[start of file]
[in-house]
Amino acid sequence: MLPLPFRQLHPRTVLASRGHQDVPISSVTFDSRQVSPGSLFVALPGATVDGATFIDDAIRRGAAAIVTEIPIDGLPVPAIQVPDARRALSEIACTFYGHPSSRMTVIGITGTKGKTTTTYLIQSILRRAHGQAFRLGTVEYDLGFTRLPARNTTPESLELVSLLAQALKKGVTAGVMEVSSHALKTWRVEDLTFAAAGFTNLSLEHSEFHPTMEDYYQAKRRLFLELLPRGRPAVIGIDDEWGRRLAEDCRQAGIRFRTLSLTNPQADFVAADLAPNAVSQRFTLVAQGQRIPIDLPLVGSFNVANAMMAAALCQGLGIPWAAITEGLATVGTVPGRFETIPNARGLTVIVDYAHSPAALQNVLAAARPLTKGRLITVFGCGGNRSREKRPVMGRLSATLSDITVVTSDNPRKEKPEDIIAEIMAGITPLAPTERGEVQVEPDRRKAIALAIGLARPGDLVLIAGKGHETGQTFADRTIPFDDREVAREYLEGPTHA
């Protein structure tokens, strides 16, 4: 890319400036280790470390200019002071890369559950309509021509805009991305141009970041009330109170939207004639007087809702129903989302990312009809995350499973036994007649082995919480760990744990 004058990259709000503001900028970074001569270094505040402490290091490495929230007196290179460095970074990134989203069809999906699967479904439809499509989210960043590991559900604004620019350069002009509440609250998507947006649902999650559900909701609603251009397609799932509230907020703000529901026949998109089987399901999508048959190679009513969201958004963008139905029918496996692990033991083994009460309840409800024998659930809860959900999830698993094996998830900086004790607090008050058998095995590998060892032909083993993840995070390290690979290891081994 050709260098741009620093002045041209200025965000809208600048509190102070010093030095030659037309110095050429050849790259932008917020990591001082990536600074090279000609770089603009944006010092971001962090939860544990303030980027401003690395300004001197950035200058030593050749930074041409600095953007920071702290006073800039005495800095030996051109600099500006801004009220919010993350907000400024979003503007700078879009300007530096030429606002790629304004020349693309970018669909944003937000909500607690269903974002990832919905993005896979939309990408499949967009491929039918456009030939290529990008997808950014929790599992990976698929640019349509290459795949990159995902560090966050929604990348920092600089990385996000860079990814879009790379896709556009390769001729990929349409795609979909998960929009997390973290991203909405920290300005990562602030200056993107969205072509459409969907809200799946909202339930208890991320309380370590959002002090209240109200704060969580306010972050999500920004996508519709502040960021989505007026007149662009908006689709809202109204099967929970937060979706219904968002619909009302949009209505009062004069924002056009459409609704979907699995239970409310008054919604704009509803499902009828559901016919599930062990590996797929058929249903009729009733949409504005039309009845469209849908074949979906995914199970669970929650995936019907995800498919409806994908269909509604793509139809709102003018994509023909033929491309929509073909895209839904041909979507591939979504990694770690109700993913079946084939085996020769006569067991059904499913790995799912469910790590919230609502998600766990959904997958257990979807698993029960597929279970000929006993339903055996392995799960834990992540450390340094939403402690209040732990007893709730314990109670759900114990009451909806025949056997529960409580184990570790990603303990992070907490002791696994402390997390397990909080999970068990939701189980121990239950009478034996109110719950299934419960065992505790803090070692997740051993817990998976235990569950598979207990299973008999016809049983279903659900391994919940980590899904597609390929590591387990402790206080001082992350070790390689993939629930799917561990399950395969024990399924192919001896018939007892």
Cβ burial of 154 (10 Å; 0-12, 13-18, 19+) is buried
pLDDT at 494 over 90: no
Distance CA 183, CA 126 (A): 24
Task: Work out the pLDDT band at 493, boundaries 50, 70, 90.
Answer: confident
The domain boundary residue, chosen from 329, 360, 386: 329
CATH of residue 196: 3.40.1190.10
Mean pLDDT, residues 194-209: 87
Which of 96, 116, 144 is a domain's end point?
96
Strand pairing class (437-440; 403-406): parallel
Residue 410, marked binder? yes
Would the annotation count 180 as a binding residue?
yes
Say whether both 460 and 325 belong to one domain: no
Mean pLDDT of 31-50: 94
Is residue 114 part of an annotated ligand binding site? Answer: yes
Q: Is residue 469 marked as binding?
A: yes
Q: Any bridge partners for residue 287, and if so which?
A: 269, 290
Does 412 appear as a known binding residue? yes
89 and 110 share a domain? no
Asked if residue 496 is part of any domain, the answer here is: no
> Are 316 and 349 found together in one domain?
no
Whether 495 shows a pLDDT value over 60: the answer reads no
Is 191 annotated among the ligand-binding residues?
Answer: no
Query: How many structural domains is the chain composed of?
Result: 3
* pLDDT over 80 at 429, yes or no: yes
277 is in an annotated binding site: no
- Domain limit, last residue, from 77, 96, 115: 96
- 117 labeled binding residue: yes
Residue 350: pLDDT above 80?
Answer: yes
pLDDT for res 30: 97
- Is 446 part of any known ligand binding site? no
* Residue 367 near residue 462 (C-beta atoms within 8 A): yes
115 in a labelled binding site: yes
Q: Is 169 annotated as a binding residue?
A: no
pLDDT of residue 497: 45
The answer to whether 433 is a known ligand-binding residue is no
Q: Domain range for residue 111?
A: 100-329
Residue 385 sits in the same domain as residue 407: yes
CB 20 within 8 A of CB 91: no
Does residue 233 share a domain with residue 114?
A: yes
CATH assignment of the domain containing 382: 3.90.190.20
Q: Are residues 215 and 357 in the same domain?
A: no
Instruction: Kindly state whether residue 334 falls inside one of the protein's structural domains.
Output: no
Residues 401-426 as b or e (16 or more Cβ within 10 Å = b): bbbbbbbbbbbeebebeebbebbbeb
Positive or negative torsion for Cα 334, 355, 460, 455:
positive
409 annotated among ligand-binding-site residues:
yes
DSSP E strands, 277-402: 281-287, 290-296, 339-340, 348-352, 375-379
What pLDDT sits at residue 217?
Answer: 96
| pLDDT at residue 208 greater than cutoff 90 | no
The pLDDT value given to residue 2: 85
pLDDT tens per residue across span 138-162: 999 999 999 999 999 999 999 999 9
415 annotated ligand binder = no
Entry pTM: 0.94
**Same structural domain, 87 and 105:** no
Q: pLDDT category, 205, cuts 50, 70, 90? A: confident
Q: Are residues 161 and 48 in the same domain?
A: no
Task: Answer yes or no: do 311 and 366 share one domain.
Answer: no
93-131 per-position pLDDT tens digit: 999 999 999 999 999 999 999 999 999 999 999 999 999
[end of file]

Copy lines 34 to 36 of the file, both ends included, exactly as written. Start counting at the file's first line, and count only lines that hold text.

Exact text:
Result: 3
* pLDDT over 80 at 429, yes or no: yes
277 is in an annotated binding site: no